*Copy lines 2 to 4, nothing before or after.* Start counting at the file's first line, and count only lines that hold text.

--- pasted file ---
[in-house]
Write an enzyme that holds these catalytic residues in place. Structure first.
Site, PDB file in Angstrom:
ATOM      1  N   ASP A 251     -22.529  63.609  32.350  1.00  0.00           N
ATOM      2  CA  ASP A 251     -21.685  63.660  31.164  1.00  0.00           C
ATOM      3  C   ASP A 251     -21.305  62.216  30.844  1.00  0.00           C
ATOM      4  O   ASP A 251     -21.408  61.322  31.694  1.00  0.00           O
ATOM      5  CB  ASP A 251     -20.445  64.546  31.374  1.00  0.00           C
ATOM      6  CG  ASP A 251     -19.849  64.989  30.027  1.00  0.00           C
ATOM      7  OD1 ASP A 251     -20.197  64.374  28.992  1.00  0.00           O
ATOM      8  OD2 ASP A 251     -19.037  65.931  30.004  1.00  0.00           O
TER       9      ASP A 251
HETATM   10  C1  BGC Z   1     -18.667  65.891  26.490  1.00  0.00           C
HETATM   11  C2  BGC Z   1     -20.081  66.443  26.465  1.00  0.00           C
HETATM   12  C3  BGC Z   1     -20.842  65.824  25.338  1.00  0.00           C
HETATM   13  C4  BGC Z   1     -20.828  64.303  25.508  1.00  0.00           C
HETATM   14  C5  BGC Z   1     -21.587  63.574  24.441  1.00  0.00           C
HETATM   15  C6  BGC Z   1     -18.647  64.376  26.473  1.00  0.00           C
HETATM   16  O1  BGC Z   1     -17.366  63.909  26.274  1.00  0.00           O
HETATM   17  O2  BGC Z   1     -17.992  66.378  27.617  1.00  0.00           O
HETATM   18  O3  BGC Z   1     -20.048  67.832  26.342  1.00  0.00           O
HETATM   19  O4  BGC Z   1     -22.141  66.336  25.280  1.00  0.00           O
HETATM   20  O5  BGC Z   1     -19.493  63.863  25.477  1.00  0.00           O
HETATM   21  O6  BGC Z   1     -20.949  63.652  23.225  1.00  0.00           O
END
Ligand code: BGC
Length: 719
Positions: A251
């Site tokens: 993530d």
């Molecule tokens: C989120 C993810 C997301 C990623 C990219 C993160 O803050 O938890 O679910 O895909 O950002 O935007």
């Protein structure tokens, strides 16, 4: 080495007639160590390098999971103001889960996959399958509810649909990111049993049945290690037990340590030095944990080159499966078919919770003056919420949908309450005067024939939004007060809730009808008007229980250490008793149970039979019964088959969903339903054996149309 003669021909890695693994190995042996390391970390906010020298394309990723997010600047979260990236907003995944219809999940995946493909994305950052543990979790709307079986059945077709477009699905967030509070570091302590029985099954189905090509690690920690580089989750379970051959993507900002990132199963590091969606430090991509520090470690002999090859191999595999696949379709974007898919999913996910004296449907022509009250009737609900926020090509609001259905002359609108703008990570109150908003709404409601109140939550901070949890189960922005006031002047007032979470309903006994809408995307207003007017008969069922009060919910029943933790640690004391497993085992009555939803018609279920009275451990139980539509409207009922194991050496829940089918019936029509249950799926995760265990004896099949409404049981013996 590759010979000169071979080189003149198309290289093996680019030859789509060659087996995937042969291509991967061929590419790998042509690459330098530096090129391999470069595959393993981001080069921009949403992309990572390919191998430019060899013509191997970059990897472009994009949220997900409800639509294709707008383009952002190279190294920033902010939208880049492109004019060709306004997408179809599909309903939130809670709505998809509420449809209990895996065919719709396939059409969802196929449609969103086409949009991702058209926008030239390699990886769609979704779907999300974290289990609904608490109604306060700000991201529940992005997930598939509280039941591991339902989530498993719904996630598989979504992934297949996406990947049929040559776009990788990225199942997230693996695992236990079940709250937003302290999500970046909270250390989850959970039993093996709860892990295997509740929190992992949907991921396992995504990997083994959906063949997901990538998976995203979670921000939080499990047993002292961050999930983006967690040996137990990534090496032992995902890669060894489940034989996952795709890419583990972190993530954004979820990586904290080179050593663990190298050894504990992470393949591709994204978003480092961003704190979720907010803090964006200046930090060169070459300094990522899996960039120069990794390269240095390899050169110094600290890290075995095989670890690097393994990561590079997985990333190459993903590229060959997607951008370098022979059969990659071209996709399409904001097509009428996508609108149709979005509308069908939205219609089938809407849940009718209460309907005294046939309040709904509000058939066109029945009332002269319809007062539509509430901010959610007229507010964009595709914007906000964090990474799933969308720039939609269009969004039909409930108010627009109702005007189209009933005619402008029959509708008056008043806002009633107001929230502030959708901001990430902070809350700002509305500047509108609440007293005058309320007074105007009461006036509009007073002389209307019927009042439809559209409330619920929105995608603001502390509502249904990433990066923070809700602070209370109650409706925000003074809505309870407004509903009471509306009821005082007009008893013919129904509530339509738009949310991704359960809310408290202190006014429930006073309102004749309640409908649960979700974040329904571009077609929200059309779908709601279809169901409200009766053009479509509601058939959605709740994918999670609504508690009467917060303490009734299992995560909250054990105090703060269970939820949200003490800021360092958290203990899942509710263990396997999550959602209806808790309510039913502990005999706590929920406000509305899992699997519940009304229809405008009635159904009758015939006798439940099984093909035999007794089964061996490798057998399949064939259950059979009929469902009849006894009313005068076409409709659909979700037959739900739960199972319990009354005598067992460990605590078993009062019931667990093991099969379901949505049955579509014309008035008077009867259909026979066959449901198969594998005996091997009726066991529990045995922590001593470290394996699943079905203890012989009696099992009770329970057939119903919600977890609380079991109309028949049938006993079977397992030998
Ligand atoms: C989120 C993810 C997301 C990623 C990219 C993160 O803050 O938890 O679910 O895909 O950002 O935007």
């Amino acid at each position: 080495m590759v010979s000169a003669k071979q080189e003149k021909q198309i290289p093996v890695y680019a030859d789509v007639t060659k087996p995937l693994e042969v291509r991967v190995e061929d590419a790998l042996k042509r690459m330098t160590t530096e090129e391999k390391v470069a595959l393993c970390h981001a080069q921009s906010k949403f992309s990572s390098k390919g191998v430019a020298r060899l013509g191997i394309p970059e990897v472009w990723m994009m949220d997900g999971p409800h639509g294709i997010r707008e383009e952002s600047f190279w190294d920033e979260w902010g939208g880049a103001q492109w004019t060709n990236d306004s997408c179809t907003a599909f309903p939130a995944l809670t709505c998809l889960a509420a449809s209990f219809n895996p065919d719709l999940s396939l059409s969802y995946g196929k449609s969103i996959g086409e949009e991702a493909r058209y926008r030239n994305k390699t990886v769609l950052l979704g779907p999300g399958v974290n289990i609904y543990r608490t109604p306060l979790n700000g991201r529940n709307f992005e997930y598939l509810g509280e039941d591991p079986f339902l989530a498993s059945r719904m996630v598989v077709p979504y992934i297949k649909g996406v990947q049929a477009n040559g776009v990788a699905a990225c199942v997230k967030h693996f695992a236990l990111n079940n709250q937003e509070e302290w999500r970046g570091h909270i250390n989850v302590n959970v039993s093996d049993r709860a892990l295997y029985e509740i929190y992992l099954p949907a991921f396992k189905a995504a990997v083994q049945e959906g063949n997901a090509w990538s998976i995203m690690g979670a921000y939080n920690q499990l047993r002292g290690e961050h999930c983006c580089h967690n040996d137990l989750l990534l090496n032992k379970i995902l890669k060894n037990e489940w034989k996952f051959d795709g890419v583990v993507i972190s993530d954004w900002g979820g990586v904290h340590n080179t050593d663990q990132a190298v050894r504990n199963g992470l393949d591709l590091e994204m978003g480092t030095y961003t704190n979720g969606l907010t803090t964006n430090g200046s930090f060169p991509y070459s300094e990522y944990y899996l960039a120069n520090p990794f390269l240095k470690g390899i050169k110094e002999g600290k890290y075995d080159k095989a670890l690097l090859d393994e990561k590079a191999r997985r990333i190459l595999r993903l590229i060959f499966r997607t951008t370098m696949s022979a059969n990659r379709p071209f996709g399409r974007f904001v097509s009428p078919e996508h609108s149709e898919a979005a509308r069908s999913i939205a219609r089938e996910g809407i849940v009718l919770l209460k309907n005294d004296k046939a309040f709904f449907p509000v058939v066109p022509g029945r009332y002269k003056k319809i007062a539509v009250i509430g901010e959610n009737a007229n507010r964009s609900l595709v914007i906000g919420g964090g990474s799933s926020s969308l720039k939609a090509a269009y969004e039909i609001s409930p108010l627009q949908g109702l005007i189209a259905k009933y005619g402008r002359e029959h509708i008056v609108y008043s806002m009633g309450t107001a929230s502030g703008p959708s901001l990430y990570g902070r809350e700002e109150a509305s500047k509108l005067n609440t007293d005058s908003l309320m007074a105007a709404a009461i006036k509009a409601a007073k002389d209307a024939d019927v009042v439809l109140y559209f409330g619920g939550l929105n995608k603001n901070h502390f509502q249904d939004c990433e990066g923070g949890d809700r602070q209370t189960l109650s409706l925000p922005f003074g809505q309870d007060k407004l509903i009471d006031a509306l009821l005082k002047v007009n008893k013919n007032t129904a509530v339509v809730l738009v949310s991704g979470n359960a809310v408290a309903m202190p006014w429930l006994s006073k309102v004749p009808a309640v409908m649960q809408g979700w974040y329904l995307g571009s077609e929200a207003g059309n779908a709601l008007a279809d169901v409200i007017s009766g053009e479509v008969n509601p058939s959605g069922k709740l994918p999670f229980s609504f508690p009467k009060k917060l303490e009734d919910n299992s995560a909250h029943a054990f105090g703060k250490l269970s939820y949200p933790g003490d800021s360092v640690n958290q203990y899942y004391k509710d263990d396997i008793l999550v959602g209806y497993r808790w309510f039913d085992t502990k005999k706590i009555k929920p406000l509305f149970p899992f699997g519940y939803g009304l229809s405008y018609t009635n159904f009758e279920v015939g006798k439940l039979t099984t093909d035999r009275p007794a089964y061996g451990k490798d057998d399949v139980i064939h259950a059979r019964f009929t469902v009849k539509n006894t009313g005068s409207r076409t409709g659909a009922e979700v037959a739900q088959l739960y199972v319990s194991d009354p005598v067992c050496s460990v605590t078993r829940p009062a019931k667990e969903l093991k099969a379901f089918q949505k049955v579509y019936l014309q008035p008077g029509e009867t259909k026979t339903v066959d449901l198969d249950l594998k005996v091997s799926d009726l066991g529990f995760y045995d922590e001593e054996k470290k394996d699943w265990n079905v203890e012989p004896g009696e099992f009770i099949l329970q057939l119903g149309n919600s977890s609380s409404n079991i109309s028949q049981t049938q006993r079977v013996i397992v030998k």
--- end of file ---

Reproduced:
Write an enzyme that holds these catalytic residues in place. Structure first.
Site, PDB file in Angstrom:
ATOM      1  N   ASP A 251     -22.529  63.609  32.350  1.00  0.00           N